Autoinjector Improves Injection-related Tolerability Issues in Patients with Multiple Sclerosis – Exploring the New ExtaviJect™ 30G System for the Injection of Interferon Beta-1b
Wojciech Kozubski Professor of Neurology, Department of Neurology, Poznan University of Medical Sciences
Most of the current disease-modifying therapies available for the treatment of multiple sclerosis (MS) are administered by injection. This is a source of fear for many patients and a substantial cause of non-adherence to treatment. Autoinjectors can address this by ensuring that the injection is made at the correct depth and can markedly improve the comfort and tolerability of administration compared with manual syringes. Data from clinical trials support the use of autoinjectors showing that they improve adherence and that smaller gauge needles greatly reduce injection discomfort. As an initiative to improve the tolerability of interferon beta-1b (INFβ-1b) (Extavia®) administration in MS, a new injector system (ExtaviJect 30G™) has been developed that is simple to use and incorporates a narrower needle than is currently used in other injections. A preference survey amongst 200 patients, who had not used the new autoinjector, indicated that it would likely be well received by MS patients and would be easier to use than the currently available autoinjectors.
Keywords Multiple sclerosis, disease-modifying therapies, interferon, autoinjector, tolerability, ExtaviJect 30G™
Disclosure: Wojciech Kozubski has received payment for lectures for Novartis Poland. Received: 16 September 2010 Accepted: 4 November 2010 Citation: European Neurological Review, 2010;5(2):77–81 Correspondence: Wojciech Kozubski, Department of Neurology, University of Medical Sciences in Poznan, 49, Przybyszewskiego St, 60-355 Poznan, Poland. E: firstname.lastname@example.org
Support: Editorial assistance was provided by Touch Briefings and funded by Novartis Pharma AG. The views and opinions expressed are those of the author and not necessarily those of Novartis Pharma AG.
Many of the disease-modifying therapies (DMTs) that are available for the treatment of multiple sclerosis (MS) require frequent administration by subcutaneous or intramuscular injections. Current first-line therapies include interferon beta-1a (INFβ-1a), INFβ-1b and glatiramer acetate. INFβ-1a is available as two formulations: Avonex® is administered as a once-weekly intramuscular injection and Rebif® is injected subcutaneously (SC) three times a week. Interferon β-1b (Betaferon®/Extavia®) is administered as a high-dose SC injection every other day. Glatiramer acetate (Copaxone®) is administered once daily, also by SC injection.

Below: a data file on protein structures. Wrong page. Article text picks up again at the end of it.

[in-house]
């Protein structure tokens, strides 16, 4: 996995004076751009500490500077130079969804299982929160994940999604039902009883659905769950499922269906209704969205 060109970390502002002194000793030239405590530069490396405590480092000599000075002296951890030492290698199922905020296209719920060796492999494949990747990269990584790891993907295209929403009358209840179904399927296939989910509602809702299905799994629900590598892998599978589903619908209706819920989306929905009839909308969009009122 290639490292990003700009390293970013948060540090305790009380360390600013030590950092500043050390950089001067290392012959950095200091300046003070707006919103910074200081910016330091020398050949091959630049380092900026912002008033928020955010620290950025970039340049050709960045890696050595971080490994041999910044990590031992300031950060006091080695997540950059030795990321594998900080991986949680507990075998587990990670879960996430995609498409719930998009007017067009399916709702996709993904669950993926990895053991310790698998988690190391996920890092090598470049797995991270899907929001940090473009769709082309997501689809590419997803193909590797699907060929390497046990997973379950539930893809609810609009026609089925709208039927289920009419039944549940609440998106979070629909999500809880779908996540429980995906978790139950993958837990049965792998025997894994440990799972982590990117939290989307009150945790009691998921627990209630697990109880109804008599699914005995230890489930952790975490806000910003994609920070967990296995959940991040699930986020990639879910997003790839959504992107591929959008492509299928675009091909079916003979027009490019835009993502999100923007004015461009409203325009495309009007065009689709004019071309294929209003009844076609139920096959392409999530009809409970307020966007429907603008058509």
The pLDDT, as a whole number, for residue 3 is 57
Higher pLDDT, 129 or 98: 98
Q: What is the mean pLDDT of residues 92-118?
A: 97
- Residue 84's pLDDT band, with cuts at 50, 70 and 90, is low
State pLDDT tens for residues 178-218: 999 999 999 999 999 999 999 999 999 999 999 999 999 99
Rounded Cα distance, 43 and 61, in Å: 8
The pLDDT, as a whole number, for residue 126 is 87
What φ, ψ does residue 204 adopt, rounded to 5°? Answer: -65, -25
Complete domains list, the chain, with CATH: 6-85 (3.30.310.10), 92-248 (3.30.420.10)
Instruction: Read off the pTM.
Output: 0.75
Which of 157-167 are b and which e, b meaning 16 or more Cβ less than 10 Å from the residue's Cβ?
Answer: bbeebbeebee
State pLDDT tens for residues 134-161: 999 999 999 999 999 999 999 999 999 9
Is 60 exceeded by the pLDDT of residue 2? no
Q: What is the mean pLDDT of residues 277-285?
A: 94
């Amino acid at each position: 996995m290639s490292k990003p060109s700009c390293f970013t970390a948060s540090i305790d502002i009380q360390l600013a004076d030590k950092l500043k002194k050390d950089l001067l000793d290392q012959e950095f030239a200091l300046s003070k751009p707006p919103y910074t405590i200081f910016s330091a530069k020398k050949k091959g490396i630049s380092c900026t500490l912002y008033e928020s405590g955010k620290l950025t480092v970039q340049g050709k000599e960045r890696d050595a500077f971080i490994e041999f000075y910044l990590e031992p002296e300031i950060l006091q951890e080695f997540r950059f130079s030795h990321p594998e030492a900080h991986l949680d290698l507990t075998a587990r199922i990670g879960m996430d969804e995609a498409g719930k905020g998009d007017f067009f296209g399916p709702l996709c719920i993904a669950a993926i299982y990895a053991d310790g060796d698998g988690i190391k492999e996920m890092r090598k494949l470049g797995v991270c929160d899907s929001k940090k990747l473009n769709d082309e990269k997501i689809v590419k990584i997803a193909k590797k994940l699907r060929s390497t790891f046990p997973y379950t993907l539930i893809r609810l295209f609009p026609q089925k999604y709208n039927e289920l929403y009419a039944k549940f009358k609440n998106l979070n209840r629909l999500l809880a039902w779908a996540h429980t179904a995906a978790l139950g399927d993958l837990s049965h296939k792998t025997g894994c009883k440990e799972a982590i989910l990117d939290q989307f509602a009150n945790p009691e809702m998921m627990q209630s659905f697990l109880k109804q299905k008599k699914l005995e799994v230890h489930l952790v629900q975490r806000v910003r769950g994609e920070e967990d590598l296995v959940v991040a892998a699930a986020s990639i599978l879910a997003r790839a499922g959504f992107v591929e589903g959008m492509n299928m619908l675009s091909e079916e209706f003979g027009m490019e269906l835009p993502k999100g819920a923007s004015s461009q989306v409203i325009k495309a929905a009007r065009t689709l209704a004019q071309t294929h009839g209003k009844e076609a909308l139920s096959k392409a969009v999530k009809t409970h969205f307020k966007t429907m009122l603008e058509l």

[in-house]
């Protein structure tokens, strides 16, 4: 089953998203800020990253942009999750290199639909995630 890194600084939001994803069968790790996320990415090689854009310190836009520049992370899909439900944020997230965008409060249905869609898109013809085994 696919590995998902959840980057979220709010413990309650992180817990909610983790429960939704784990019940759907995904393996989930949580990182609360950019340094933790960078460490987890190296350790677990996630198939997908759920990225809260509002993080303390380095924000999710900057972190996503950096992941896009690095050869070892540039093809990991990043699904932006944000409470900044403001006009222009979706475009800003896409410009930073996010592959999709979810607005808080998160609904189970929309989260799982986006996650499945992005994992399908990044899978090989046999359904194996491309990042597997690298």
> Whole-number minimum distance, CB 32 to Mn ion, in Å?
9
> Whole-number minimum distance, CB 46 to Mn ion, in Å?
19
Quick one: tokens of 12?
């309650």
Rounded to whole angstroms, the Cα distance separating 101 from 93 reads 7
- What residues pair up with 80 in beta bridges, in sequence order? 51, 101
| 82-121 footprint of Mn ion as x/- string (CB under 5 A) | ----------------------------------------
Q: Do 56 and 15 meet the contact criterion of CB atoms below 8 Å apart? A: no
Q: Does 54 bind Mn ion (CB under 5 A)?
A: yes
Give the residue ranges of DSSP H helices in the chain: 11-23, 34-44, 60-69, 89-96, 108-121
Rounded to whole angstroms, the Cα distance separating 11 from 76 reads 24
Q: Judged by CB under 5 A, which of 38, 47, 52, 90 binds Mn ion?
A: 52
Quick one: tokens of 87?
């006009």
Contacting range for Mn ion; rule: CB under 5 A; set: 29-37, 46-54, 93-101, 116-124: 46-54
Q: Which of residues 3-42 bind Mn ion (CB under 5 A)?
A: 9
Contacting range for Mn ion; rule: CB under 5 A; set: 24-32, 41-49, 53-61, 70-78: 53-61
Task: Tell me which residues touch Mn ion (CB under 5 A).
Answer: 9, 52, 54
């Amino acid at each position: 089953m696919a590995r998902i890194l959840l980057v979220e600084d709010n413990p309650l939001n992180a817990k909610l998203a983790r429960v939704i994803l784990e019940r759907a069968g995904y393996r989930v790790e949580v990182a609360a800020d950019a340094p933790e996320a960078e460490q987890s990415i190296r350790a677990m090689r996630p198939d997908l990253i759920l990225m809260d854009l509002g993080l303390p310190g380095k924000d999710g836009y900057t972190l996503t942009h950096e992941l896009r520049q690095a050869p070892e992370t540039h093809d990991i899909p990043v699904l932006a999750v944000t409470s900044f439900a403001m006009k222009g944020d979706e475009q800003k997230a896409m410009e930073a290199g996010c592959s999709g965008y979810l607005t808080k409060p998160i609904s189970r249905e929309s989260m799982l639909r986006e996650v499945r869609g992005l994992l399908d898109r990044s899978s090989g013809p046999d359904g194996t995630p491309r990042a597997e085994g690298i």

It is accepted that the best treatment paradigm is to prescribe first-line DMTs as early as possible in order to retard neurodegeneration before extensive damage has occurred, delaying disease progression and also to use higher, more frequent doses to gain maximum therapeutic effects.1,2
early, high-dose frequent use of DMTs, particularly INFβ-1b.3–6
Injectable DMTs can be administered either by manual injection procedures using a needle and syringe or an injection device (autoinjector). This article will discuss administration factors that affect the tolerability of DMTs, the impact autoinjectors have had on injection-related tolerability issues and patient adherence, and
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overview key clinical data on the use of autoinjectors for the administration of high-dose, frequent use INFβ-1bs in the treatment of MS. The new ExtaviJect 30G™ device for the administration of INFβ-1b (Extavia) will also be reviewed.
Tolerability Issues Related to Disease-modifying Treatment Injections Frequent injections of most therapeutic medications are associated with adverse side effects, such as injection-site reactions (ISRs) and painful injection procedures. Other issues include suboptimal patient-reported outcomes (i.e. a perceived lack of improved health benefits) and other adverse events (AEs) such as flu-like symptoms and related events.7–9
Moreover, data from clinical trials support the
The majority of ISRs resulting from INFβ administration tend to be mild and localised to the injection site, and although they are not likely to lead to discontinuation, they may affect treatment adherence.10
in part, because patients may decide not to administer the drug while the ISR or injection-site pain (ISP) symptoms persist but resume drug administration upon ISR or ISP symptom improvement. In addition, the fear of needles can reduce adherence to injectable MS therapies.11,12 Evidence from clinical trials suggests that the majority of patients experienced ISRs at some point during INFβ therapy for the treatment